With the exception of the one encounter in which Alan and Barry fight from the Nordic-inspired stage of a local broken-up metal band, most of these battles had the effect of merely being regular old enemy encounters, with slight increase in difficulty. Often I’d find myself staring at the screen in confusion after a fight with ten or fifteen enemies, my reward being a cinematic and story progression, thinking, “Oh, I guess that was the last wave for this part… alright”.

Even worse than repeated and stereotypical fights, though, are lackluster final encounters. Think back to our climax-less version of Moby Dick; now think of your favorite game of all time (assuming it has a final boss of some sort), and think of how it would be if you simply walked up to it and hit the “A” button to win. Not very exciting, is it? Let’s use one of the greatest and most richly diverse (boss encounter wise) games of all time as an example: Shadow of the Colossus.

Sure, getting past the last colossi’s energy blasts is a little tough, and initially getting onto him can cause some under-the-breath swearing in us lesser players, but once you’re in, you’re in. Compared to the vibrant movements and stunningly realistic action of the other fifteen colossi battles, the last one hardly even budges! Once you’re on his head, it’s game over; you don’t even have to worry about being bucked off. Whether or not this level of ease was intentional, it certainly was not a welcome change.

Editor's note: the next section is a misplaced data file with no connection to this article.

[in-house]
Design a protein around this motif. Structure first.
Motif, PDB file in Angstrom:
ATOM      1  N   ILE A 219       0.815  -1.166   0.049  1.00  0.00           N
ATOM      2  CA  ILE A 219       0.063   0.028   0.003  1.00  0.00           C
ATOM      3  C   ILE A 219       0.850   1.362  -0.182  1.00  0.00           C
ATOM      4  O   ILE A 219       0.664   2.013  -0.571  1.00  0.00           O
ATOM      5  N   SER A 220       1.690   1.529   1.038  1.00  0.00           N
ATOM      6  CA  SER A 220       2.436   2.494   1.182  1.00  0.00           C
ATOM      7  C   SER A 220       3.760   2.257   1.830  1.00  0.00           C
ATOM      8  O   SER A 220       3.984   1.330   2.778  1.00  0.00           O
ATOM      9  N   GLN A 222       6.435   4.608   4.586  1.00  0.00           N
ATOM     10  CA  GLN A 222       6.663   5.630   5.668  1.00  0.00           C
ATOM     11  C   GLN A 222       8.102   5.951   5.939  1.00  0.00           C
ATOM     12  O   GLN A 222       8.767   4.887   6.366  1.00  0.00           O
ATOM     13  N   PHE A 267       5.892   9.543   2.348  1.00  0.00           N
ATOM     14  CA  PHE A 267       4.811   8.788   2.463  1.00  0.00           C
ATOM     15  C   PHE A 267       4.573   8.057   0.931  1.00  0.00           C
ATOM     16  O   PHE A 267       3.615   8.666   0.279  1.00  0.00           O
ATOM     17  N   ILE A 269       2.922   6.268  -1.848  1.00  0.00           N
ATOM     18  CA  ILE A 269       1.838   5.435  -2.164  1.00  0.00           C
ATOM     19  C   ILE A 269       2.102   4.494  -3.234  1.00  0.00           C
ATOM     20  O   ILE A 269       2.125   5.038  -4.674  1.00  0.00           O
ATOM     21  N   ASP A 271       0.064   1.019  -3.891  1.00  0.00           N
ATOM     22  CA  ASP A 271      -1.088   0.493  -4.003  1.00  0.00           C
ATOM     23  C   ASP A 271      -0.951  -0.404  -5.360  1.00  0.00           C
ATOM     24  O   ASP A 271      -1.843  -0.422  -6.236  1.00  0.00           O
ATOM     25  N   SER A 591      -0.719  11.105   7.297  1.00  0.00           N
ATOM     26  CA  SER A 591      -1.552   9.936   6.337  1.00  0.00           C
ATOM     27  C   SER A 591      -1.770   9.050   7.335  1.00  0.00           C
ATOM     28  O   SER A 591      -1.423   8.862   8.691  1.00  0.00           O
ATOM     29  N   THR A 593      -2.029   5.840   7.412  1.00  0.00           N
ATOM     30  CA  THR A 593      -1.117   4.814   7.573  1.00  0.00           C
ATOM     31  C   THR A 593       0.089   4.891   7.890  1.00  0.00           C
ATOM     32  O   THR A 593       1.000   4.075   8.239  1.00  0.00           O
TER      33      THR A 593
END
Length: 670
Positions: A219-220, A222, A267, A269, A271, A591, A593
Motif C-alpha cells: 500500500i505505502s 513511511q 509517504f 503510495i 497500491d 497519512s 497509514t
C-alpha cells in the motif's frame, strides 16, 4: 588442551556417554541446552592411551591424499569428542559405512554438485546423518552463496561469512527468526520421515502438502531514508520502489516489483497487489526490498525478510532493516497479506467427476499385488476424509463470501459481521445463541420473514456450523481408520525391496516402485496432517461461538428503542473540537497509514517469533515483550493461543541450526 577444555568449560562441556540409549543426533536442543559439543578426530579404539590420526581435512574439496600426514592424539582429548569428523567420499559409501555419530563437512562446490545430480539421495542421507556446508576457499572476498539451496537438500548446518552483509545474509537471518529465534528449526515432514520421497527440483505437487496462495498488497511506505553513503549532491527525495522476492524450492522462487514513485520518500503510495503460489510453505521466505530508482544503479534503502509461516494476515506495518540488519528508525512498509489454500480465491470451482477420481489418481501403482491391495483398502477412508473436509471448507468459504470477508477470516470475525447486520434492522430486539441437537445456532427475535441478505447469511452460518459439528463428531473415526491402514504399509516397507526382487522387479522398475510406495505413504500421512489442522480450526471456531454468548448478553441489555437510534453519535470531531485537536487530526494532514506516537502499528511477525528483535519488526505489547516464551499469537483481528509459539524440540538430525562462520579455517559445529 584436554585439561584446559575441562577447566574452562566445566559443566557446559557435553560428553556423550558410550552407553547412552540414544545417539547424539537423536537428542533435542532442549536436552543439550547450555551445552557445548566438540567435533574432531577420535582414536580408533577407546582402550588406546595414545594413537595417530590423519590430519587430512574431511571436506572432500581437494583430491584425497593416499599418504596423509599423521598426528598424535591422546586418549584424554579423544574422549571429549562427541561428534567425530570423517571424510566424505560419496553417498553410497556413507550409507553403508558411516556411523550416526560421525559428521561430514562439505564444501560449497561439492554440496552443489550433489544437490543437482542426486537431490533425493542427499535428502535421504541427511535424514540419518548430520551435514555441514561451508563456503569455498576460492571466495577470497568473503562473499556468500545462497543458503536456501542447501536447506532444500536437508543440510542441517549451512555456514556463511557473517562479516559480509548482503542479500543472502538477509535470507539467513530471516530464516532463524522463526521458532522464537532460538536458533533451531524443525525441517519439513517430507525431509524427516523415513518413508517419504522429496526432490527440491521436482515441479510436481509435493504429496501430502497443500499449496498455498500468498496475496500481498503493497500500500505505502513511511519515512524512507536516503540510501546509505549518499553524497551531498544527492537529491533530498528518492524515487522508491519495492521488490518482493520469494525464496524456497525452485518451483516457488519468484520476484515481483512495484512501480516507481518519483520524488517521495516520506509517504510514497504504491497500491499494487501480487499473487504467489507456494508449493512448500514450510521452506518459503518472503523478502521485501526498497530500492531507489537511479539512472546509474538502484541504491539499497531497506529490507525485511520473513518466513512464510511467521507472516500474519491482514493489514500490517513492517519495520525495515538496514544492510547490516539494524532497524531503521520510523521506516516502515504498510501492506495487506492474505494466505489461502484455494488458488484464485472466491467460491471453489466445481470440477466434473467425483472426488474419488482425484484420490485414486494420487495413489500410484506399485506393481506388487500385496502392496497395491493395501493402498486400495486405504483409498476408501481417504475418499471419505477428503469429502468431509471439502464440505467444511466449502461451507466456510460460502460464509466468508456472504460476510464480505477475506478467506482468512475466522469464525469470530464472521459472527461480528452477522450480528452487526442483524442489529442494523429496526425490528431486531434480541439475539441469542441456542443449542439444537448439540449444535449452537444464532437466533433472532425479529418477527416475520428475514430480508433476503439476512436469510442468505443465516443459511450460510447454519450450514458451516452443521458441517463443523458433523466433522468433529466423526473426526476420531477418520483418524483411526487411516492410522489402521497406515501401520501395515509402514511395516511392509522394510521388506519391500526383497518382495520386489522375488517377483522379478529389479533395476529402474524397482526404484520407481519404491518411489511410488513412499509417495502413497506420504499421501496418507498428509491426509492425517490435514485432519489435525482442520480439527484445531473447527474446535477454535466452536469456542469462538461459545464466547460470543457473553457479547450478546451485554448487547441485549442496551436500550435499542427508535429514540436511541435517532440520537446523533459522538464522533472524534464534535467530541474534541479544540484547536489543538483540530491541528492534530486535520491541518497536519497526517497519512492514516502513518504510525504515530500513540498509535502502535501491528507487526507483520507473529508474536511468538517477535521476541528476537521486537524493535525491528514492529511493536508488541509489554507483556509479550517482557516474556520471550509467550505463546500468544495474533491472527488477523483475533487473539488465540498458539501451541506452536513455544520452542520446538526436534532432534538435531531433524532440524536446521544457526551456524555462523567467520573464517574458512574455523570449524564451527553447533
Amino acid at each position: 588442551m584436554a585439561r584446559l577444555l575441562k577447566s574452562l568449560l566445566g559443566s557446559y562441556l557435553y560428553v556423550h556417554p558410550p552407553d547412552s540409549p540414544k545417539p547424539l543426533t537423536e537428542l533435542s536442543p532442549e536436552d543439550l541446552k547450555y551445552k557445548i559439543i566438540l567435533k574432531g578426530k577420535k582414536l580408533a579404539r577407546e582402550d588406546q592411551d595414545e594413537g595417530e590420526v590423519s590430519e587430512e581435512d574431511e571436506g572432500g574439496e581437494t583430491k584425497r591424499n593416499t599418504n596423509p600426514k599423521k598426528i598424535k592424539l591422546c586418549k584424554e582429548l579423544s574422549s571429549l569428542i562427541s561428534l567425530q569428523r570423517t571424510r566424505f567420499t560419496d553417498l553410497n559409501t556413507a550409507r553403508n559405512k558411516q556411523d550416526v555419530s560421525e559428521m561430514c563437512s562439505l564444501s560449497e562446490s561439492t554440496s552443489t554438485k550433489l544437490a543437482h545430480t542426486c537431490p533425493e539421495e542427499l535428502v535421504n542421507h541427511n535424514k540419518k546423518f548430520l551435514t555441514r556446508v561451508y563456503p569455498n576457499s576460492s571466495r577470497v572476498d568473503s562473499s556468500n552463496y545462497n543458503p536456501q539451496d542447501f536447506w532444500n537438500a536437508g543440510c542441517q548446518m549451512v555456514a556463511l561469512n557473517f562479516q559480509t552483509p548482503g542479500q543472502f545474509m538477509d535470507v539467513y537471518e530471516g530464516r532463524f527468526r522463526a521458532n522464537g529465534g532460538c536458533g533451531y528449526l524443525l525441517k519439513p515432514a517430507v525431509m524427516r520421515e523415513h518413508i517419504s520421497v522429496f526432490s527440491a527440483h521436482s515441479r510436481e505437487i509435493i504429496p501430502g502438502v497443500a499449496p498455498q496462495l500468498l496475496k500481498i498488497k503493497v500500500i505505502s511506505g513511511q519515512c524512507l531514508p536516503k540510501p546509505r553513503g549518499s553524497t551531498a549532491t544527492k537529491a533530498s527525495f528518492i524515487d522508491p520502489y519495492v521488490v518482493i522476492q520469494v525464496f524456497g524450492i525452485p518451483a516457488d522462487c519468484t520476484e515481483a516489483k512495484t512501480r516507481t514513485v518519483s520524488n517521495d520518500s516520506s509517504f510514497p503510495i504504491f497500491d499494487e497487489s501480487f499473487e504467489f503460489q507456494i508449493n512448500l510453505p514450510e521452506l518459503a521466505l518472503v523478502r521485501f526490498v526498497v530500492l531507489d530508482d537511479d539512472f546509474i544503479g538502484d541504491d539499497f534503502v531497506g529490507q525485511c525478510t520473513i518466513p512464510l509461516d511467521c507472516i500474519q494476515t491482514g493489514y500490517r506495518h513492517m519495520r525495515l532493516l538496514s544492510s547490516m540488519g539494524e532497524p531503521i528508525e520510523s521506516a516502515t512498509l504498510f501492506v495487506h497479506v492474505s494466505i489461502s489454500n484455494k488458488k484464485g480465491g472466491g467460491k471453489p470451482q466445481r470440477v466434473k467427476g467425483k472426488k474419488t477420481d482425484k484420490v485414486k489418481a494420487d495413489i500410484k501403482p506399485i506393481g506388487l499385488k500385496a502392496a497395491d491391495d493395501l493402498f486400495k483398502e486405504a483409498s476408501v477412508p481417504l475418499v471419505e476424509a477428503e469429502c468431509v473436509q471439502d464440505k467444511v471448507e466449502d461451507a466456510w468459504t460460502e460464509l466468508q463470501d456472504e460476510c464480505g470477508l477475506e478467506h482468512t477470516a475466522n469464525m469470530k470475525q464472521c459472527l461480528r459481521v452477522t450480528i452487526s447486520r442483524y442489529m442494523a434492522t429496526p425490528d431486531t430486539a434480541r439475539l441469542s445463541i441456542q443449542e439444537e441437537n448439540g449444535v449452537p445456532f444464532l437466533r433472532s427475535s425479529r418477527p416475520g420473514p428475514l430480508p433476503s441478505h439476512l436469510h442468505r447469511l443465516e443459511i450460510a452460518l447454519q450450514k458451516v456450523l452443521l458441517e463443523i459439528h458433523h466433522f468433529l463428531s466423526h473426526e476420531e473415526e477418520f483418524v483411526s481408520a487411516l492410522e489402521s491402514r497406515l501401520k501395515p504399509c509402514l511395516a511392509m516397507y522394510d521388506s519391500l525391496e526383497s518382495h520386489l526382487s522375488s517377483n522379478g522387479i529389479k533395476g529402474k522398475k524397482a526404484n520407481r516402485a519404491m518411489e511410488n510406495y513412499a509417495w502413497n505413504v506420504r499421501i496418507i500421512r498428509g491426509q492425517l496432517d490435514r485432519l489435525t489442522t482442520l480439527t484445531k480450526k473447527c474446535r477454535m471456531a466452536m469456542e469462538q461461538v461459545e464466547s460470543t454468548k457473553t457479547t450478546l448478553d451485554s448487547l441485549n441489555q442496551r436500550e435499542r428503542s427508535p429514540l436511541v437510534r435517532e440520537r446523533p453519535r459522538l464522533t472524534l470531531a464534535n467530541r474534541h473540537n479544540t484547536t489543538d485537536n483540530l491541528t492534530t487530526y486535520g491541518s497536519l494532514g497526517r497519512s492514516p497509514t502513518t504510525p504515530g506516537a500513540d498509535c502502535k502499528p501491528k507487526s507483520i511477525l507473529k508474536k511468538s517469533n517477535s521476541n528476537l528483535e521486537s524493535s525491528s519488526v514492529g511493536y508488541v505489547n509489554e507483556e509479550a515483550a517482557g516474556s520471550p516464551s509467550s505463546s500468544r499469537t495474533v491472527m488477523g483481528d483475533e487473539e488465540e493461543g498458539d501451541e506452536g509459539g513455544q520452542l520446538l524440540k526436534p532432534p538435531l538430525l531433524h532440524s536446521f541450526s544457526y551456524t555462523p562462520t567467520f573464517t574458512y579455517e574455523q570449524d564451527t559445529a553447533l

Another great example of “that was it?” syndrome is in the Zelda franchise’s “Twilight Princess”. Now, I’m a huge fan of multi-stage boss fights; there’s nothing I love more after a great fight than having the boss come back, pissed off and at full health, in some crazy, disfigured form (normally with multiple voices). With Twilight Princess, I was glad to see that my quest didn’t end by fighting a possessed Zelda, and my adrenaline was really pumping after Link and I were finished throwing Ganon to the ground, gnawing on the scar we’d given him so many years ago.

My knuckles were nearly bleach-white when it was just Ganondorf and me in a one-on-one fight to the death, and by the end of it all… I was just about ready to send the disc back to Nintendo. Block, dodge-roll, spin attack, triple slash, repeat. This simple sequence led to the demise of Ganondorf after all of that effort, and to top if all off he won’t do anything more than walk towards you—anything faster is simply not an option.